Want to plan your NZ tramp using digital topographic maps? Like to view NZ Topo50 maps on your iPhone or Mac? What sorts of maps are best for tramping?  How do you select the appropriate map? How can you load and calibrate these maps on an iPhone or Mac computer? What are some of the technical problems?

New Zealanders are certainly lucky to have high quality recent produced raster digital topographic maps (300dpi) available for download for FREE , and despite some controversy, the change to NZGD2000, which is equivalent to the universally used WGS84 for bushwalking purposes, has brought some bonuses for those of us who like to use NZ maps on our iPads and iPhones. There is no doubt that for tramping a 1:50K topographic map is needed and  for steep terrain a 1:25K map is even better.

Navigation Apps

Many newer mapping programs that may not have been able to use the old NZGD1949 datum, but do have the newer WGS84 datum installed, are now able to be used by bushwalkers/trampers in NZ. Two of my favourite navigation apps,  Bit Map for the iPhone and MacGPS Pro for the Mac computer can now view and use the latest NZ Topo50 (1:50K) and Topo250 (1:250K) maps. No doubt any GPS that is able to load non-proprietary maps will be able to used these maps too.

Land Information New Zealand (LINZ)

The new Topo50 and Topo250 map series are available for download from the Land Information New Zealand website in two formats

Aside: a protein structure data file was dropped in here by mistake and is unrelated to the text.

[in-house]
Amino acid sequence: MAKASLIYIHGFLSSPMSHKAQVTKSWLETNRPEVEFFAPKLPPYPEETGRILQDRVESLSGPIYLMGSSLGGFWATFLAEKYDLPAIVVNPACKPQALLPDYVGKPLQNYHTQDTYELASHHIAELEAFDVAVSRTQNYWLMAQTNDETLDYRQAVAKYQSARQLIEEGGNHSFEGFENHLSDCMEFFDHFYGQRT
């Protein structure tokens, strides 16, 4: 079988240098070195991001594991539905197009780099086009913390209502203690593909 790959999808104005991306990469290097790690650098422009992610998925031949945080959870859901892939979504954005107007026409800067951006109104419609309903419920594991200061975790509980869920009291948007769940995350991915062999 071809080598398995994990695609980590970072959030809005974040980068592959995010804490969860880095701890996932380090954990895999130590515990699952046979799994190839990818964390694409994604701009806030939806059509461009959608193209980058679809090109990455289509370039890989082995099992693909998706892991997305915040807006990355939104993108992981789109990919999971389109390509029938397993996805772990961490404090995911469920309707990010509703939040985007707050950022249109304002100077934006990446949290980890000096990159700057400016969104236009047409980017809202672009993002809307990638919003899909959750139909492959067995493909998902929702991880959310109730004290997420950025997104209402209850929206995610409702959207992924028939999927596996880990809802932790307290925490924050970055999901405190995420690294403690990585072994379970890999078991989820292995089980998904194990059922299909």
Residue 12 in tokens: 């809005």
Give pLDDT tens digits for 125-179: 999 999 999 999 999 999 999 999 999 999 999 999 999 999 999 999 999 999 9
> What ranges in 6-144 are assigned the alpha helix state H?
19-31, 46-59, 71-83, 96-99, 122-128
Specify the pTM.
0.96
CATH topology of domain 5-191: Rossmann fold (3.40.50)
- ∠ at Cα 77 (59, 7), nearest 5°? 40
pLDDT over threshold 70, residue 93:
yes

• geoTIFF (141 Mb for a typical map) (no map legend or margin, but includes embedded calibration data to allow automatic georeferencing and alignment of adjacent maps)
  • TIFF (214Mb) (includes the legend and margins, identical to the paper version)

Map Selection

The first step is to decide which map you wish to download and this can be done by going to the LINZ Map Index page and selecting the appropriate 1:250,000 map. Once you have selected the correct large scale map, clicking the large grid square, will reveal twenty five, 20 km x 20km 1:50,000 maps which can then be individually selected for download.

Loading Topo Maps into your Map Viewing App

Bit Map requires that you first convert the geoTIFF map image file ( no margins or legend) into a form that it can read and labels .bitmap. This can be done within your iPhone or  using a desktop application, such as those available free of charge on the developers website, which optimises the files for use prior to loading into your iPhone. The optimisation process splits the large geoTIFF image file into a large number of smaller tiled JPEG image files which have been produced at a much lower resolution to reduce loading time. This optimised format is very similar to ozf2 format, which means that if you already have files of this type from a program such as OziExplorer (not version 3), they should load without the need for any optimisation.